Wednesday 27 August 2014

Off-Road Everesting, Chapel House Wood

By Laurie Lambeth,

Riding your bike is great; it takes you away and allows you to think. It allows you to empty your head and start again, be creative and chase a goal. It allows you to focus your mind and push your body, or... you can forget all of that, and just ride.
If you are reading this and thinking of joining the latest climbing craze of “Everesting” be warned… you might just catch the “Everesting Bug” This, I guess, is what happened to me in June this year, after completing my first Everesting on GreatDun Fell. The 140 mile ride took 15 hours and totalled over 31,000ft of ascent. Three weeks later I was battling with the iconic Hardknott Pass, 30x up the savage climb was enough to claim Everest number two.

August was here and it already felt as if summer was fading, the days were shortening and the temperature cooler, not badly but it was a sign of things to come. I had an idea for a third Everesting, but knew it wouldn’t be too long before the changing seasons would bring a halt to any such plans.
Originally from a mountain biking background, I entered my first race aged nine, my older brother Jack raced and bikes were always in the family. This meant spending many a weekend up and down the country at whatever race was on at the time. It was a great experience and went on for a good few years, after which things drifted. I found myself dipping in and out of cycling up until the age of 27, I then started training and entered a few mountain bike enduro events. I did a bit of traveling and raced a few times in Australia, before finally returning home and buying a road bike in August 2012. I really enjoyed the switch to road cycling but would still miss the dirt now and again; with this in mind it seemed simple… The third Everest would be Off-Road.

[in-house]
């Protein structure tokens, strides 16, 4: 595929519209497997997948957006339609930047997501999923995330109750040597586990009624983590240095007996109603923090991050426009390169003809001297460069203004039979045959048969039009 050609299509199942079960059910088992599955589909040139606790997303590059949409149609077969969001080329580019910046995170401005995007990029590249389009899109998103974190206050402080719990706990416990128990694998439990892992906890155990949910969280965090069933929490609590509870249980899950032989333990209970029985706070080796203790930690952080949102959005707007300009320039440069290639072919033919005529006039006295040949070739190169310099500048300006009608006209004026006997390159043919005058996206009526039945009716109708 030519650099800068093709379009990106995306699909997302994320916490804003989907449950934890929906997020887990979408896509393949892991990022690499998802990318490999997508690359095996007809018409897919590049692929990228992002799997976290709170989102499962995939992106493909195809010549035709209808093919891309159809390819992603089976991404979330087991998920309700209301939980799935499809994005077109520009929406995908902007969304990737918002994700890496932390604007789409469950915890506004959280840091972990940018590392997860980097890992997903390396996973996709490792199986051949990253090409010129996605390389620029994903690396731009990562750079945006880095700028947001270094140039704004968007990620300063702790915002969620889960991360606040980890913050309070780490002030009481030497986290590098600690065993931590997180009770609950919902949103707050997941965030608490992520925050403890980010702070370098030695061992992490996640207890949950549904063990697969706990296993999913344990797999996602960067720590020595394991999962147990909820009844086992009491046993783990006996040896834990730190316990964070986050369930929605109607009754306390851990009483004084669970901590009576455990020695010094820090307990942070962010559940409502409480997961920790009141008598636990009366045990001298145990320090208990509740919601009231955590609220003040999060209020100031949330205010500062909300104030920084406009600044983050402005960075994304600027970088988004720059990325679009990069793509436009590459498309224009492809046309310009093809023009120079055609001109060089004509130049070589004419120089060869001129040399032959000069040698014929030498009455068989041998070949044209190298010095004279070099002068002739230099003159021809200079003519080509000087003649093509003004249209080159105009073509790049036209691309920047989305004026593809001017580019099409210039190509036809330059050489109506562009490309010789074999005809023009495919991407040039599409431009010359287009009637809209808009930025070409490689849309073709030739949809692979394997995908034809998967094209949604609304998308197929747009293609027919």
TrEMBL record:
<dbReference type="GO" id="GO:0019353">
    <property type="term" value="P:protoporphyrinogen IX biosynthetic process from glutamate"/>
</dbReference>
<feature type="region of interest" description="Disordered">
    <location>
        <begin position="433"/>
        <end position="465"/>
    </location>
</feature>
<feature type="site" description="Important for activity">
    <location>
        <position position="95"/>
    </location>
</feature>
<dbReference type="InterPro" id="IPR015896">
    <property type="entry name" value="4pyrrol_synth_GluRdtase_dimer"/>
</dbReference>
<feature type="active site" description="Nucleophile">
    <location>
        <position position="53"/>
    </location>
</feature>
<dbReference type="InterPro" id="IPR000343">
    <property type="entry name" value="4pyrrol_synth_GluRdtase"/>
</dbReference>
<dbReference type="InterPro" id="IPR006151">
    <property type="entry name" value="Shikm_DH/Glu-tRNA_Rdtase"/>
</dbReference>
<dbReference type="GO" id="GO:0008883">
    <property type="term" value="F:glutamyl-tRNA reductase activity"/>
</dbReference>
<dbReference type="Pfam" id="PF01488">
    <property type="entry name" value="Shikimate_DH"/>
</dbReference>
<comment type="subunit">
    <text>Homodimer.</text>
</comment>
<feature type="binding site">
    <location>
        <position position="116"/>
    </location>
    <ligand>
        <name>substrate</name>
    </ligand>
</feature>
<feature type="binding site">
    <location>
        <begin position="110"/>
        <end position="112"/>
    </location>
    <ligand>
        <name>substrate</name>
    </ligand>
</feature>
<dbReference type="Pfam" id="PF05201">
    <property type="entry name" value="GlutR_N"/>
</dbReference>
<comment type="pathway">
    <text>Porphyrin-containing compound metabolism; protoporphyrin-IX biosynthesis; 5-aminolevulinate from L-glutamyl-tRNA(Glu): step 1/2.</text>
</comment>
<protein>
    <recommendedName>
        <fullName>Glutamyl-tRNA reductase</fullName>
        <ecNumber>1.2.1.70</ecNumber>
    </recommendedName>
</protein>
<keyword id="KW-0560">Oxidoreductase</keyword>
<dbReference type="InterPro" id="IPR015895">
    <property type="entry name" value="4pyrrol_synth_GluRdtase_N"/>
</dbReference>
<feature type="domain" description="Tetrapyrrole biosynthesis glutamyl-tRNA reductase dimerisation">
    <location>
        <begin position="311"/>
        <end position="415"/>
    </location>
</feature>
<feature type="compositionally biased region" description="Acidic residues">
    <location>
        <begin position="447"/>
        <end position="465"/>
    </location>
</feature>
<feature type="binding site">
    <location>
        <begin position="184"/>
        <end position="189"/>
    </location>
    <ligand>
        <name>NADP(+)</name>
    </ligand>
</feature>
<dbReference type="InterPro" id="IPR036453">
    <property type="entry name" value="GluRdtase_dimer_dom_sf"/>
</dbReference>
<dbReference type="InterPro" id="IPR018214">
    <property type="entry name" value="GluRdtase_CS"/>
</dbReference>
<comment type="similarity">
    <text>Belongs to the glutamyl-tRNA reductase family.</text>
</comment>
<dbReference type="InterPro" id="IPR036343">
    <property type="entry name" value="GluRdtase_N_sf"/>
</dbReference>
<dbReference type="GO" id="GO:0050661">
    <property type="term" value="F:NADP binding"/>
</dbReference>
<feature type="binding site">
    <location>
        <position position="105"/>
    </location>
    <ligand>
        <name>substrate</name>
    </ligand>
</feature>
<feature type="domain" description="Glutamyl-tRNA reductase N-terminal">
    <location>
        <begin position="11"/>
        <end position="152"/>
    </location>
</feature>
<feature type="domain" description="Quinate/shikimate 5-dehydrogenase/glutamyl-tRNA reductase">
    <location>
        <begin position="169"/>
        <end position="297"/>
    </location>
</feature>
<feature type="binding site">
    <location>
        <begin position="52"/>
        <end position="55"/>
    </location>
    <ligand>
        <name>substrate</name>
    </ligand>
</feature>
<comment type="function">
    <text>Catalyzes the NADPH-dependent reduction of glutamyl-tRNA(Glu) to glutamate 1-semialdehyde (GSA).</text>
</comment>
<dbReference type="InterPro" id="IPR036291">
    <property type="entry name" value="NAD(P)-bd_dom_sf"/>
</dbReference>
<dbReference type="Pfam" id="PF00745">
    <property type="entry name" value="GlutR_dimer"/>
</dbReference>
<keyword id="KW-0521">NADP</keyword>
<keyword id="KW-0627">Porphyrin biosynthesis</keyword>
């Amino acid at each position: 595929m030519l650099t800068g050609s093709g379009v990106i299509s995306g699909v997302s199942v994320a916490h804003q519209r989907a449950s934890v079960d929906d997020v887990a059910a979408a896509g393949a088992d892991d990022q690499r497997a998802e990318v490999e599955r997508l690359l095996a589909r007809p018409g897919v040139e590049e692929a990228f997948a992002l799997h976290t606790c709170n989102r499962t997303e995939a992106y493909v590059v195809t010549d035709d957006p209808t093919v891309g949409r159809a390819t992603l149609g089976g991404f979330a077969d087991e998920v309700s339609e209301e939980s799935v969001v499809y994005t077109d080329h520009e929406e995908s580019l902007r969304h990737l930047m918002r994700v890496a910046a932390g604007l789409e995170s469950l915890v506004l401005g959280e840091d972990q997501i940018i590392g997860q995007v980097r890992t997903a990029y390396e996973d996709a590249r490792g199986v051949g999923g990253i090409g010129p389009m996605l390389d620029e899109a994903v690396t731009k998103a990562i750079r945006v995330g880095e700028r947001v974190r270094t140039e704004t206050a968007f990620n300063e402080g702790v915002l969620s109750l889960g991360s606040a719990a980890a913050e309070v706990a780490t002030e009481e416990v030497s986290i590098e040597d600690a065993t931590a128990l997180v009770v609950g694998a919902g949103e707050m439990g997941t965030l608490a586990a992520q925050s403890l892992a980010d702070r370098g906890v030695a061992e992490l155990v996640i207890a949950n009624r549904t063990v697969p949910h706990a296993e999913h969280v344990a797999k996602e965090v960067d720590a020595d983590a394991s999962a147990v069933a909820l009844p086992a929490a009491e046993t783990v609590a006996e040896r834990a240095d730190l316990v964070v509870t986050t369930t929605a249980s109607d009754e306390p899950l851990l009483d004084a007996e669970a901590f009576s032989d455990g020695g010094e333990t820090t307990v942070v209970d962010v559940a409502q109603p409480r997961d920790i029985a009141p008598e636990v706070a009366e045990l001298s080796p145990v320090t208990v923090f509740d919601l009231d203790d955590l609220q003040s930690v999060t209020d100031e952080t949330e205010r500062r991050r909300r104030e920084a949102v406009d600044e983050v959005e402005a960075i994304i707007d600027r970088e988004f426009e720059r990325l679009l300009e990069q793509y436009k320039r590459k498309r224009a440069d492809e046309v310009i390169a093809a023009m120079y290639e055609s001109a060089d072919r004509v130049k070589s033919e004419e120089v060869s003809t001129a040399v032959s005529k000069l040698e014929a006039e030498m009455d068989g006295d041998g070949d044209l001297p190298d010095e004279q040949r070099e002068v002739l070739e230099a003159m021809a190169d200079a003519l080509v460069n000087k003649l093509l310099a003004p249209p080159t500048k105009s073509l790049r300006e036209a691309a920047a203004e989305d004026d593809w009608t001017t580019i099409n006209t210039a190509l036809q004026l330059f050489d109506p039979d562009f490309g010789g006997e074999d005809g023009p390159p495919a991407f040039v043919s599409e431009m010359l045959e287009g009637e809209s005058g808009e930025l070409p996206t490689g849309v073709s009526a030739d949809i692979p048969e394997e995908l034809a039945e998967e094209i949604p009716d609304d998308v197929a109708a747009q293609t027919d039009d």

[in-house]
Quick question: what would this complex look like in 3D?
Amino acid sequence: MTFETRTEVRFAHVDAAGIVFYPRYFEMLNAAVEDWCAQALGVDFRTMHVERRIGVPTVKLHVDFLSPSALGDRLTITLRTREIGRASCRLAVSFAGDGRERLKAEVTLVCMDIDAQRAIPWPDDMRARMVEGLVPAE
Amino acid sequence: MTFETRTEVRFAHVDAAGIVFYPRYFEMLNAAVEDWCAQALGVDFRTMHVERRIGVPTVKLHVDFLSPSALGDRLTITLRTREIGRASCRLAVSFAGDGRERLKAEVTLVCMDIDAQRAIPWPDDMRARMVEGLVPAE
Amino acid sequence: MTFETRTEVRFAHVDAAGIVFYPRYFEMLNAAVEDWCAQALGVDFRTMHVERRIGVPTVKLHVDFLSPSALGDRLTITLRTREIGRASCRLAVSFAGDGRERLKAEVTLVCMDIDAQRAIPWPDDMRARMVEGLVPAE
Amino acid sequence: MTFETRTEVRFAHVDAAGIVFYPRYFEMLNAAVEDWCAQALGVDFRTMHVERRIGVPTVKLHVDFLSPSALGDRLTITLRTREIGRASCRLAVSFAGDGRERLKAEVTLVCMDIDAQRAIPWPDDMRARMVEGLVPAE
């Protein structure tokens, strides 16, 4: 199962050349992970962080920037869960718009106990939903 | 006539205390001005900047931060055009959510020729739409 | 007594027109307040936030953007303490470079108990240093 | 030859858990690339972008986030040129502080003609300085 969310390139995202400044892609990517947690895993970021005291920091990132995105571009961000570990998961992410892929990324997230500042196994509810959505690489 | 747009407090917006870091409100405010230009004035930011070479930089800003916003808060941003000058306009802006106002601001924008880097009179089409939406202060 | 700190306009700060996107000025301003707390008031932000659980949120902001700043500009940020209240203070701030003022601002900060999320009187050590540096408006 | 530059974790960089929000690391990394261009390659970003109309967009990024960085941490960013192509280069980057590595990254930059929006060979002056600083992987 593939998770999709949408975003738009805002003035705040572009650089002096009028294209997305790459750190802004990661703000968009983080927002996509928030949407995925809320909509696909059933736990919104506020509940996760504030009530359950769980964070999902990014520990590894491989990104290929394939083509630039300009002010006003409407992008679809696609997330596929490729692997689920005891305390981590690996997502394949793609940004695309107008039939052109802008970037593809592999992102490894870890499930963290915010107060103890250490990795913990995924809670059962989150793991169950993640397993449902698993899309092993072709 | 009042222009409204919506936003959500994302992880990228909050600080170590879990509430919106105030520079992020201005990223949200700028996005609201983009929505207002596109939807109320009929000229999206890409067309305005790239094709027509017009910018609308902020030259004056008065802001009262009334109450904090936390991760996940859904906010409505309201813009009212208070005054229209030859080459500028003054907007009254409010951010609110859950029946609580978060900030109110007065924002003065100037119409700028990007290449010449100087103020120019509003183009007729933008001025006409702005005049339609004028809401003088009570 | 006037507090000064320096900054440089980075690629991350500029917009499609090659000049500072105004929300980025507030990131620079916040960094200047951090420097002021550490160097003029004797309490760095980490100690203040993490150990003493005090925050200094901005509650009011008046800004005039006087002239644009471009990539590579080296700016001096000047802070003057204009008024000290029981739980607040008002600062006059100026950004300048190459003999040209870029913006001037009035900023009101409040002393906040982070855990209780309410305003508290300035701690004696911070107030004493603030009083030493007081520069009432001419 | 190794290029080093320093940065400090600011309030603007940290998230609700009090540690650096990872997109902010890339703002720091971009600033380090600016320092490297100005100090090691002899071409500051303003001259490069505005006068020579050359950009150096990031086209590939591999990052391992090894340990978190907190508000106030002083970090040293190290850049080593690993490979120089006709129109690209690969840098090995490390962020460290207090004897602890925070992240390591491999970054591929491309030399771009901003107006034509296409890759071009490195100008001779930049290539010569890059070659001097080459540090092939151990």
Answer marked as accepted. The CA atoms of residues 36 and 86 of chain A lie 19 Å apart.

To qualify as an Off-Road Everest, the whole ride would need to be ridden on a dirt road/track/path/MTB trail etc, but definitely no tarmac. I figured some kind of woodland fire track would fit the bill, hopefully not too rough and with a steady gradient. My partner Mairi and I headed to the Lake District in search of such a climb, after speaking to a few locals we were pointed in the direction of Chapel House Wood near Newby Bridge. It turned out to have what seemed a very suitable climb, 1.2 miles of fire track that twisted its way steadily up through the woods. The tracks surface was varied, overall it was pretty hard and compact, but with some looser rough sections thrown in too. The plan was to hopefully use the road bike with a set of 25mm, treaded winter tires, and as long as I picked my lines carefully it looked as if it should be possible.

Monday 25 August 2014

Everesting - Hardknott pass

By Laurie Lambeth,

On June 26th 2014 I was lucky enough to successfully complete my very first Everesting, 15 times up the highest road in the UK, Great Dun Fell. 140 miles and 31,234ft was enough to claim the hill before someone else beat me to it. It had taken over 15 hours and was a day I’ll never forget, however, it was also a day I was in no hurry to repeat.

Cycling is all about suffering! Well ok maybe not “all” about suffering (we all have those days when the sun is shining, the gentle breeze is on our back and the whole thing seems rather enjoyable) However, the more we push ourselves, the more it eventually starts to hurt. The only problem is that we forget all about this suffering almost as soon as it’s over, we can be half way through a tough event thinking to ourselves “there is no way I’m riding this again next year” “in fact I might even sell my bike” then by the time we’ve made it home, the pain is forgotten and we’re ready to sign up all over again. Less than 24 hours after completing Dun Fell, I was sharing ideas with my partner Mairi for a second Everesting. As I cautiously approached the subject, Mairi gave me an initial look as if to say “have you lost your mind!” thankfully this was soon followed by acceptance, and then even encouragement.